Recently iSci has been looking to change its identity. Rather than hold fast to its roots as a sustainable arts-education collective, it’s started performing as a “profit-motivated business”. But in so doing, iSci is struggling with its karmic legacy as an arts project whose fundamental concern was never profit. Good arts projects engage in constant critique, always redefining what exactly they are trying to accomplish, always trying to navigate the values of a culture which is going increasingly mad, constantly reevaluating how their actions align with their values, and perpetually iterating on themselves in a kind of self reflexive feedback loop. The iSci DNA was not designed for profit accumulation or to maximize shareholder return; it was designed to sustain an imaginative arts collective.
And it’s really hard for an organization to escape its roots. Karma is real, and it carries. If you look at the people involved in getting iSci off the ground – people like Becca Rose, Lisa May Thomas, Laura Kriefman, Joseph Hyde, Lee Malcolm, Nathan Hughes, and many others – you quickly realize that all of these artists believe in the value of education, and that community sits at the heart of many of their respective practices. Because iSci was a successful arts collective, with content dreamed up by a team of artists and educators, it has a karmic legacy which is fundamentally that of an arts-education collective. As I’ve watched iSci auditioning for a role as “a profit-making business”, it has inevitably struggled to figure out what it is and what it thinks it’s trying to accomplish. It can’t shake the karma of the critical artistic feedback loop, owing to the fact that it was only ever intended to be a sustainable vehicle for bringing communities together by expressing creativity in the world, encouraging people to think together, and to think different.
It’s been fascinating to watch the current leadership at iSci experiment in forcing a profit-making “business narrative”. iSci’s allure and success arose from her spontaneity, unpredictability, creative flair, and anti-disciplinary manifesto. As the folks I left in charge perform what they imagine to be ‘serious business’, and attempt to discipline iSci to match the demands of neoliberal, for-profit capital, with their pages and pages and pages of business plans, profit charts, over-complicated legal-speak, intellectual property audits carried out by people who know little about the intellectual property, and brand-identity meetings involving ‘consultants’ who charge loads of money to carry out amateur profit-making-focused psychoanalysis. The leadership’s attempt to force iSci into such postures is slowly killing the very thing that people loved about her, and suffocating the very life-force that enabled her to flourish so well. She’s undergone a kind of ‘cultural gentrification’ before my very eyes. For example, I remember one particular public event where the iSci leadership announced their intent to profit in the educational space by focusing on “the rich schools”. (What the #!@?) When I queried further on this, I was told that this was “only the outward facing narrative”. I assume that this kind of narrative had arisen a consequence of the pressure to generate profit for shareholders, but it was something in which I no longer wanted any part.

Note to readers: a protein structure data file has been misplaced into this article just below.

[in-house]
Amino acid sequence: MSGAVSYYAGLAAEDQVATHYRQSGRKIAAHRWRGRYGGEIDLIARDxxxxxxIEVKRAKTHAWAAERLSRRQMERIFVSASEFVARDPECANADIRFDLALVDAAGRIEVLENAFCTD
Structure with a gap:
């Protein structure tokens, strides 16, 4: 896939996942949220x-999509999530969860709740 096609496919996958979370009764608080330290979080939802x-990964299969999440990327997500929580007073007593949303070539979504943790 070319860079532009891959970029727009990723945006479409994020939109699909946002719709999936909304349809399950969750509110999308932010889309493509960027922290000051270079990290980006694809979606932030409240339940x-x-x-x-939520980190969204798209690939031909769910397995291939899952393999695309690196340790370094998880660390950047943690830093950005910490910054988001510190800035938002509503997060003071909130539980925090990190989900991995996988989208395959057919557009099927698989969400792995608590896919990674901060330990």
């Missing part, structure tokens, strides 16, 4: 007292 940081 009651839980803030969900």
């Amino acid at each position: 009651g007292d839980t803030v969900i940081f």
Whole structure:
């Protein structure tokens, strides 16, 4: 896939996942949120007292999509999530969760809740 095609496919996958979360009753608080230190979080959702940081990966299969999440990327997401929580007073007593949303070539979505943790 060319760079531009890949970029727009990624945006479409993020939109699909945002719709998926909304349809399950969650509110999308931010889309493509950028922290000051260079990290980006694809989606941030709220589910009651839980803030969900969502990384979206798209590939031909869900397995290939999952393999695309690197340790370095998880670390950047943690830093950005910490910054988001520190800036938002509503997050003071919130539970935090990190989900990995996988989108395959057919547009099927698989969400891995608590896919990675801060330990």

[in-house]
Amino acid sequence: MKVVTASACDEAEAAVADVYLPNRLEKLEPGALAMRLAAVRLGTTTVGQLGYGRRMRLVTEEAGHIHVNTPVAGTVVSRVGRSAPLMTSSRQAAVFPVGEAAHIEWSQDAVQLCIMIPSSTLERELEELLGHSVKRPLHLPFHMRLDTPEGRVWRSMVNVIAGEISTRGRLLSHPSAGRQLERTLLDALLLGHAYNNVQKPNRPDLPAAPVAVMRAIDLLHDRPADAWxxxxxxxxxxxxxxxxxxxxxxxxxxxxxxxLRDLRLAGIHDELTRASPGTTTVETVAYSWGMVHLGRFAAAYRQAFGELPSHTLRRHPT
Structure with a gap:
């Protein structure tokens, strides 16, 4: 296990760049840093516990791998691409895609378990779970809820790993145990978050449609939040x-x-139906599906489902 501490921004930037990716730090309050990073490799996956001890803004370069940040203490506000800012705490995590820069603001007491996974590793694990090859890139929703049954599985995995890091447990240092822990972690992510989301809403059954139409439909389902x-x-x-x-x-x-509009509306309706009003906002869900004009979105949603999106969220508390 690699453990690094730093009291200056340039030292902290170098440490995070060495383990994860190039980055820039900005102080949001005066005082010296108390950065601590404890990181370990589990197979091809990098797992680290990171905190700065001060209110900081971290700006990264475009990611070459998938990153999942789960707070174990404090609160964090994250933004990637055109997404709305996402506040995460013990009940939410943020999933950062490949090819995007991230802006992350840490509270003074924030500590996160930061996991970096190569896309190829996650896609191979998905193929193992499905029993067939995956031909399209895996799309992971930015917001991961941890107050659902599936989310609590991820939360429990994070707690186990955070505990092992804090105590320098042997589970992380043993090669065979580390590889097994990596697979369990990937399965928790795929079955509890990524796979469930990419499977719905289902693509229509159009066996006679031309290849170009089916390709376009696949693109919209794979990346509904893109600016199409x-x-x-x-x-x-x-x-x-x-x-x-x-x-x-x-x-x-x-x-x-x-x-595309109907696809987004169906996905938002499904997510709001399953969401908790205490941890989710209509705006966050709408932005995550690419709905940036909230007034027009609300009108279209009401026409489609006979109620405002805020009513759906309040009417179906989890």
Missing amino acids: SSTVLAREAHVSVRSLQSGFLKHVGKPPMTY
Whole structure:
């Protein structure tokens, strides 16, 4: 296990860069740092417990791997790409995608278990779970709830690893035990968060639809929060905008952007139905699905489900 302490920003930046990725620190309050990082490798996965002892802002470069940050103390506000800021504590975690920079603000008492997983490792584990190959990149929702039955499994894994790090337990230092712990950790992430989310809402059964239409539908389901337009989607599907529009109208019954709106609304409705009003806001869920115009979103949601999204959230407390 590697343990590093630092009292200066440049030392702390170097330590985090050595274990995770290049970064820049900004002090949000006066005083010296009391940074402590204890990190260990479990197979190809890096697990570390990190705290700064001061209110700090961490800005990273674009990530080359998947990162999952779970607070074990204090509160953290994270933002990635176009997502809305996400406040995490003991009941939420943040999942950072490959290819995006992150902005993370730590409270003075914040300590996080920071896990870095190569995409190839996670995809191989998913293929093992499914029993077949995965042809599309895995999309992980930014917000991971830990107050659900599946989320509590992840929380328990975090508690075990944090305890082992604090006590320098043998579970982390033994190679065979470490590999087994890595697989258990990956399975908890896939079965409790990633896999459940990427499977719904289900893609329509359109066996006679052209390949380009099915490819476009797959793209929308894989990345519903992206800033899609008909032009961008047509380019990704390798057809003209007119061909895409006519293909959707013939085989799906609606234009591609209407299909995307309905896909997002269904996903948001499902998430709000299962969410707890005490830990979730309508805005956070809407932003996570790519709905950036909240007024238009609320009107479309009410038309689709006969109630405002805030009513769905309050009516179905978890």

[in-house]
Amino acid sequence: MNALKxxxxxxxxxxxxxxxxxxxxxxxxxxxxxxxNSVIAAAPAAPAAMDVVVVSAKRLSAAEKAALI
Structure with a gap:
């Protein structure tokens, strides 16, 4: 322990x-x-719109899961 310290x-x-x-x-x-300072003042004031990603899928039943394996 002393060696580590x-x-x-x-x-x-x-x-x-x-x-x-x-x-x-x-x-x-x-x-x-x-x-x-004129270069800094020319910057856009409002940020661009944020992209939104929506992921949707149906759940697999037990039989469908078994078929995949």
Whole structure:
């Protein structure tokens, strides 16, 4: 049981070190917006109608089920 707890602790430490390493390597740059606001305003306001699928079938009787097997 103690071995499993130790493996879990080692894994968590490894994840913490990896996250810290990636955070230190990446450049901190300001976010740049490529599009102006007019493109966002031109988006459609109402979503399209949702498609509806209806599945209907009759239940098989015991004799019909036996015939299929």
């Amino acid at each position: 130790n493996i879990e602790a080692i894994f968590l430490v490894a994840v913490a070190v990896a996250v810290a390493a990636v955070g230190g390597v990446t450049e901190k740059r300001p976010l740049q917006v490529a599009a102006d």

I’d invested enormous amounts of time, energy, and emotion into iSci over the years, but it was time to stop. Over the last 4 years, I had observed iSci struggle to convert ample funding and publicity into a future facing narrative that I actually thought might be viable. This was partially a result of the fact that they lacked real identity, posing as a primary/secondary education company one moment and a research company the next, depending on whatever buzzwords they reckoned they could ride to secure the next bit of short-term funding. Eventually the iSci leadership took the decision to saddle the company with a pile of ‘director’s debt’, whose hazy terms (as far as I could tell) seemed designed to enforce servitude rather than encourage creativity.
I also became disillusioned with the attitudes and culture which I saw being espoused by the iSci leadership – a prevailing operational paradigm where everything is a pitch and that expertise does not matter. These kinds of attitudes are unfortunate consequences of the twitter-ified zeitgeist of our times. To make a real impact in areas like education and scientific research, having expertise and experience does matter, and it’s actually really important to engage with practitioners whose nuanced level of expertise enables them to speak with authority and insight. My perspective here was reinforced by interactions I had with senior colleagues at external educational and industrial organizations in winter 2018. On a number of occasions, they asked me, “does the leadership have any track record in the things they claim to do?” I had no answer. And it was clear that this was not good enough. Making a real impact needs a more solid foundation than hype and buzzwords.
By late spring 2018, I had a growing concern that my continued association with the iSci leadership might be impacting my own professional credibility. I no longer wanted to work with them, and I was sensing the same from others. During a series of meetings I held during summer 2018 with the iSci leadership (Philip Tew, Becky Sage, Rick Chapman), I outlined the problems I saw with iSci, and why I believed it needed reconfiguring to make a real impact. At the time, I held just under 47% of the company. I proposed a few different ways forward. For example, we could radically reconfigure the company to focus it in a nanotech research direction. This would require appointing new staff and leaders, who had a fresh vision, and a solid track record in the relevant areas. Another option was for iSci to keep its current staff and personnel, but change its status into something like a charitable incorporated organization (limited by guarantee rather than shares), removing the burden to generate return for shareholders and empowering us to consciously clarify a mission which was ethical and socially focused on the things we cared about. I was told by the leadership that either option was impossible, because “the creditors would never approve such a thing.” Apparently iSci’s debt came with constraints, and apparently those constraints required iSci to remain steadfast in an over-hyped identity crisis.